Interorbital plans to launch an 88-pound payload for just $1 million a trip using a simpler rocket design to save money, said Milliron. Its first commercial launch will take place on an ocean barge in Long Beach next year.

Space bubble

However, this isn’t the first time satellite technology has launched a commercial space race.

In the late 1990s and early 2000s, a number of companies tried to build telecommunication satellite constellations, much like those that OneWeb promises today.

However, the dot-com bubble left behind a glut of cheap fiber-optic bandwidth back down on Earth, so those companies went bankrupt. With a smaller than expected commercial satellite market, big players Boeing Co. of Chicago and Lockheed Martin Corp. of Bethesda, Md., were forced to merge their satellite launch operations into joint venture United Launch Alliance of Centennial, Colo., in 2006.

Notably, commercial satellite constellations proposed last year by Alphabet Inc. subsidiary Google, Facebook Inc. and SpaceX, which would have spurred the launch of thousands of payloads, were shelved or postponed in recent months.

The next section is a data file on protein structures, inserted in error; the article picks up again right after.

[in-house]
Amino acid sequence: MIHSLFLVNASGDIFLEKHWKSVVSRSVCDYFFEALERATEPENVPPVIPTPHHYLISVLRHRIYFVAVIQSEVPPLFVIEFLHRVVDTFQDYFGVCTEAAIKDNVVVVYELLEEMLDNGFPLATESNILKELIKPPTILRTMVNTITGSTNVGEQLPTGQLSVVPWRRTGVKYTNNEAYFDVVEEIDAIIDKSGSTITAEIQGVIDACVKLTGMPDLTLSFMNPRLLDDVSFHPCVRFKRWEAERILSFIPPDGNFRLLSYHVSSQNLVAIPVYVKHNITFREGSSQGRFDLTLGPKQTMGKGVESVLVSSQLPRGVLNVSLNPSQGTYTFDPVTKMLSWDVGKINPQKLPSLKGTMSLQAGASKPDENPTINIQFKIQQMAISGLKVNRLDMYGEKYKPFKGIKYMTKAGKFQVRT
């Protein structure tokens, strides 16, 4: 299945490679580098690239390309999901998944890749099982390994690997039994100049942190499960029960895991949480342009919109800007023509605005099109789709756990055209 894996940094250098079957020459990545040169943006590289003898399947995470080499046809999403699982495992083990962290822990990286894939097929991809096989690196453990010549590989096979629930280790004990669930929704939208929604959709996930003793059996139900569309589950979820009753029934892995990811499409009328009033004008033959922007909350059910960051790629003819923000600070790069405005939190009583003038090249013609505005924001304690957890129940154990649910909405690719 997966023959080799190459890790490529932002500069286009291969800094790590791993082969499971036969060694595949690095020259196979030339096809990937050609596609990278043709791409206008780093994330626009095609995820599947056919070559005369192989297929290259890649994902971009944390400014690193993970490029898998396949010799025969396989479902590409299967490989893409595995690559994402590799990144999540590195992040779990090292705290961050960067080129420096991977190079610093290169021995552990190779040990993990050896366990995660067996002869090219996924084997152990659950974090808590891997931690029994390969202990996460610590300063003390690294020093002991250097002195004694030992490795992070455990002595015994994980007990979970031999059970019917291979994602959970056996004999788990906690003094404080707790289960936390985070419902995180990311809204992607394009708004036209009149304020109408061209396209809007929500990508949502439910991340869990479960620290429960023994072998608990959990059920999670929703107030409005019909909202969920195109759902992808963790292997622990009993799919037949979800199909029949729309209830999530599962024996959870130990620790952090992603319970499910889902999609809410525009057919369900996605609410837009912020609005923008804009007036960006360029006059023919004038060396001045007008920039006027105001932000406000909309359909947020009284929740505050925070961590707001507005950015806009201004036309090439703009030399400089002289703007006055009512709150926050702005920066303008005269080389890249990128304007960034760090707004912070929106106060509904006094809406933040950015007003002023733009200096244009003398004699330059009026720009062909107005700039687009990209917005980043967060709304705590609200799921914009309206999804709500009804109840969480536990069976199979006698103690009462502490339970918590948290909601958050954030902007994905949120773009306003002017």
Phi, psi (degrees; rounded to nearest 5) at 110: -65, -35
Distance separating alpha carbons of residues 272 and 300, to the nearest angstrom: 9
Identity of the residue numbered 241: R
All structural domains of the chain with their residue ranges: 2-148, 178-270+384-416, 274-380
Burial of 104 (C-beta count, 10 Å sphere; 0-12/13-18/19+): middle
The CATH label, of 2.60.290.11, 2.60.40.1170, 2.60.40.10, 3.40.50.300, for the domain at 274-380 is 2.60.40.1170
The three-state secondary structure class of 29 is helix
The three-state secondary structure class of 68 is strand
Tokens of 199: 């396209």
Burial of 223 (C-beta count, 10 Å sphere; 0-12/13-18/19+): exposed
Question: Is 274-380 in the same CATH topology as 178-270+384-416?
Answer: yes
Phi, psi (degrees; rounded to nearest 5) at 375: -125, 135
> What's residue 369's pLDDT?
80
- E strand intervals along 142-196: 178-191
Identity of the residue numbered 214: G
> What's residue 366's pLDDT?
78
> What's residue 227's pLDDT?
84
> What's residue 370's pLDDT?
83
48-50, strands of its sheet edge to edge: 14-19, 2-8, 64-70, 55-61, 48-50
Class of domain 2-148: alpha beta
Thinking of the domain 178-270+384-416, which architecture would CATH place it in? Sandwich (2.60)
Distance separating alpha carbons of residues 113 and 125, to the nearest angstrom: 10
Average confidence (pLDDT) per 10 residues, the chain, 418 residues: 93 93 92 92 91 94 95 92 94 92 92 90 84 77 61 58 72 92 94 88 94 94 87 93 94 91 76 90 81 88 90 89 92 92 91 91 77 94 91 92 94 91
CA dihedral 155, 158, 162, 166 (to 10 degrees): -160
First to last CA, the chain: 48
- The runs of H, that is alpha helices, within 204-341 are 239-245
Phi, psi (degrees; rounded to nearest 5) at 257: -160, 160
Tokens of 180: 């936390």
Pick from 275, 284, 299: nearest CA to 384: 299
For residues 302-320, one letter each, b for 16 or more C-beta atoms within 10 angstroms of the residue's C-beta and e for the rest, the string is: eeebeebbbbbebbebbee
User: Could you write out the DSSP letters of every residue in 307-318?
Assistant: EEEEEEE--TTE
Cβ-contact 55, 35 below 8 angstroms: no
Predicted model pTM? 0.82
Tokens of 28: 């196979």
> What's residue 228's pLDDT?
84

And terrestrial options – such as cell towers – could still be cheaper.

“From a technical perspective, this could get done,” said SpaceX President Gwynne Shotwell regarding the small satellite market at an October conference. “But can we develop the technology and roll it out with a lower-cost methodology so that we can beat the prices of existing providers like Comcast and Time Warner and other people? It’s not clear that the business case will work.”

Saint Louis University’s Swartwout added that rocket companies might not have the resources – or patience – to develop new technology, which often requires lots of trial and error.

“If you want to make a small fortune in aerospace, start with a large fortune,” said Swartwout. “It always takes more money, more time and more tech than people believe.”

Ultimately, the U.S. government could wind up being the best business partner for smaller rocket manufacturers in the same way it has been for larger companies such as SpaceX and United Launch Alliance.

The federal government is estimated to have spent $39 billion on space activities in 2013, according to a study by the Organization for Economic Co-operation and Development.

“Our government spends more money on space than all the governments of all the world together,” said Millennial’s Dubyn. “These startups will have to recognize after a while that if they want to make a viable space business, then they need the U.S. government as a customer.”